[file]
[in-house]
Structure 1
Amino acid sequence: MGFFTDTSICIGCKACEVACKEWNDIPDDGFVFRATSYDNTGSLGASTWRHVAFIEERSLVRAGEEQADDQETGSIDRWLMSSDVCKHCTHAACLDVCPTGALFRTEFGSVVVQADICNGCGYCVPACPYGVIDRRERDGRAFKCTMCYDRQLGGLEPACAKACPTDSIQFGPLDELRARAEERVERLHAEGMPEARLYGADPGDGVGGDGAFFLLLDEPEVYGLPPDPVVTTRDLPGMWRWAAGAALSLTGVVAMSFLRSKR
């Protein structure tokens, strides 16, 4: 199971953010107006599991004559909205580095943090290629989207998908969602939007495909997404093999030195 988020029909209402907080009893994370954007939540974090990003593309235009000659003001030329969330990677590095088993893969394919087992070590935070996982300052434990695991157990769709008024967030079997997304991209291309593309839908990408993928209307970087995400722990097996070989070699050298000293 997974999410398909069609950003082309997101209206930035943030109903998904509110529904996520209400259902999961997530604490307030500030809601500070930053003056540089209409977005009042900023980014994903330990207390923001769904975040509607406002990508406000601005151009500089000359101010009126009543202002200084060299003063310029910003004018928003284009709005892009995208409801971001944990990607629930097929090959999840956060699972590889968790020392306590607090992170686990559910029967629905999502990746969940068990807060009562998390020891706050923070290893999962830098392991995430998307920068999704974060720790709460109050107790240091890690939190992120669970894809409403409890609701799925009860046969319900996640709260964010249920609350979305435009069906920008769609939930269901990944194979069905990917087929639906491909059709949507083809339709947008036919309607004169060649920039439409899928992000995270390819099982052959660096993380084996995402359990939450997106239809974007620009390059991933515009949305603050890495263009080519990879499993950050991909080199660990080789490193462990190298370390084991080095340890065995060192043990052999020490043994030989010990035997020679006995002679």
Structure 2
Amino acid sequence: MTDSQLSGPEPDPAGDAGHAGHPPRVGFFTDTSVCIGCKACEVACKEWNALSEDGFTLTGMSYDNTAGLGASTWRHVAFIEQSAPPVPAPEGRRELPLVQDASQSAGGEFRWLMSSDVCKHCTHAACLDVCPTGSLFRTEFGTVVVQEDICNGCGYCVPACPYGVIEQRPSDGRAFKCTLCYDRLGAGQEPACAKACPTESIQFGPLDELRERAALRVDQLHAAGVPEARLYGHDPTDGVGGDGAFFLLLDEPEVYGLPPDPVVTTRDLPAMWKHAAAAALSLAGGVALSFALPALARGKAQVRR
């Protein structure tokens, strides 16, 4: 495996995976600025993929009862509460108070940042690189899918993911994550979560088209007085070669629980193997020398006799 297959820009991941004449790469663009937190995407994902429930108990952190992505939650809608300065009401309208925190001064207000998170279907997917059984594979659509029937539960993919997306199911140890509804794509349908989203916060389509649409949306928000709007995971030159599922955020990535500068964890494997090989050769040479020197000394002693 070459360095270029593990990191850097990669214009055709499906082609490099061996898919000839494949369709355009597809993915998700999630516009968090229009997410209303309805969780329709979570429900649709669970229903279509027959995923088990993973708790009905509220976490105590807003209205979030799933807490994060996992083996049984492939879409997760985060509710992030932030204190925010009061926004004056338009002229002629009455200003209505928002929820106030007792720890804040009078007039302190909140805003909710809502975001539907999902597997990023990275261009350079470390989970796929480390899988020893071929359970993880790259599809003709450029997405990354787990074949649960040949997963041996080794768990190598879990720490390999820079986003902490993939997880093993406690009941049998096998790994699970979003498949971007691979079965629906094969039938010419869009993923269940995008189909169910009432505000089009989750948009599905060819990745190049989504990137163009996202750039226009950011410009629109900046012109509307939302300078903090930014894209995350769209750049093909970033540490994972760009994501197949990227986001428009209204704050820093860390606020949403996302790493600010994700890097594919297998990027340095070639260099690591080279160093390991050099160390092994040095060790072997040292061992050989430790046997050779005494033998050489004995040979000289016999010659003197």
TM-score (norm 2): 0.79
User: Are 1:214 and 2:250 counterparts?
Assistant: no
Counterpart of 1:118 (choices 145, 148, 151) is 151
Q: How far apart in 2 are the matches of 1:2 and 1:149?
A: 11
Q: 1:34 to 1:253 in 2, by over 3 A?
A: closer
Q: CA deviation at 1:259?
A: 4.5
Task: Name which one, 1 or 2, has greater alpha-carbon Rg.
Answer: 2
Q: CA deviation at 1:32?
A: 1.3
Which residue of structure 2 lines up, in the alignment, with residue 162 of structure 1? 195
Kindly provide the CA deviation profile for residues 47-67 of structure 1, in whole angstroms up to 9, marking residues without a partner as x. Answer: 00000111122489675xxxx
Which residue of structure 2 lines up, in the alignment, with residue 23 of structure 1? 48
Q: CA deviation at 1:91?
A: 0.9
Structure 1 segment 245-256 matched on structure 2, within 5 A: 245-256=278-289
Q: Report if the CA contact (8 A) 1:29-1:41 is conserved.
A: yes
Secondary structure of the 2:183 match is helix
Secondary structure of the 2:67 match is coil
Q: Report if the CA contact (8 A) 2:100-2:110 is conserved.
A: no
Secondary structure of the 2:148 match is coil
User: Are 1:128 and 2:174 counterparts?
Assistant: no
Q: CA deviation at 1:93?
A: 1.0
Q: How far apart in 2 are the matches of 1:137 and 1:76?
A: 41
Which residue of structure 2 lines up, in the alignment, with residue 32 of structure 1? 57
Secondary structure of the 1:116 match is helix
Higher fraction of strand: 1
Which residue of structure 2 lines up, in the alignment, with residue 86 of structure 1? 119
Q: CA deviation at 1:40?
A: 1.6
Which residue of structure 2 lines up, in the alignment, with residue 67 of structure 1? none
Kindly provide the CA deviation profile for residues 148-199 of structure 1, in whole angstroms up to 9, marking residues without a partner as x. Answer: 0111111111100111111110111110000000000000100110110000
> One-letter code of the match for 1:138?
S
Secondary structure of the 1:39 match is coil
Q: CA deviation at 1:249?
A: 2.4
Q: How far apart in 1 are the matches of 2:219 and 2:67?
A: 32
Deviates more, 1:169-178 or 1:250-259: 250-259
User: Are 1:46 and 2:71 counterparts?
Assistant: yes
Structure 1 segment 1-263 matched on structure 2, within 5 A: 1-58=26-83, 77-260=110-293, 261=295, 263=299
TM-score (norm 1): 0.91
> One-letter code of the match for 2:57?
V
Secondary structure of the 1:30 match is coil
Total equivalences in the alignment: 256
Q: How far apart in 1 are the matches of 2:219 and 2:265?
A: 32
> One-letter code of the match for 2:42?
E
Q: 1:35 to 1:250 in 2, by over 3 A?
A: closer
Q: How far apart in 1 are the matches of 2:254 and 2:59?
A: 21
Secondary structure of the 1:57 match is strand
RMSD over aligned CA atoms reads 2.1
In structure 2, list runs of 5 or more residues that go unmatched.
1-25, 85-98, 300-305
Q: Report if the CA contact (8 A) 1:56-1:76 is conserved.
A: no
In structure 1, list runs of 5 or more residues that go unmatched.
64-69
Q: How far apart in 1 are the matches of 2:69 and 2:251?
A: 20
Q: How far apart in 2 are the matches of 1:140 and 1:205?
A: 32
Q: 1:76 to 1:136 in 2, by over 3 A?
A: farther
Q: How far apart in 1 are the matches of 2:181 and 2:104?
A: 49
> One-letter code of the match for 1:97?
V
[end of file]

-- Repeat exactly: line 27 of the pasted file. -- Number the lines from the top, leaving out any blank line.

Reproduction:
Structure 1 segment 245-256 matched on structure 2, within 5 A: 245-256=278-289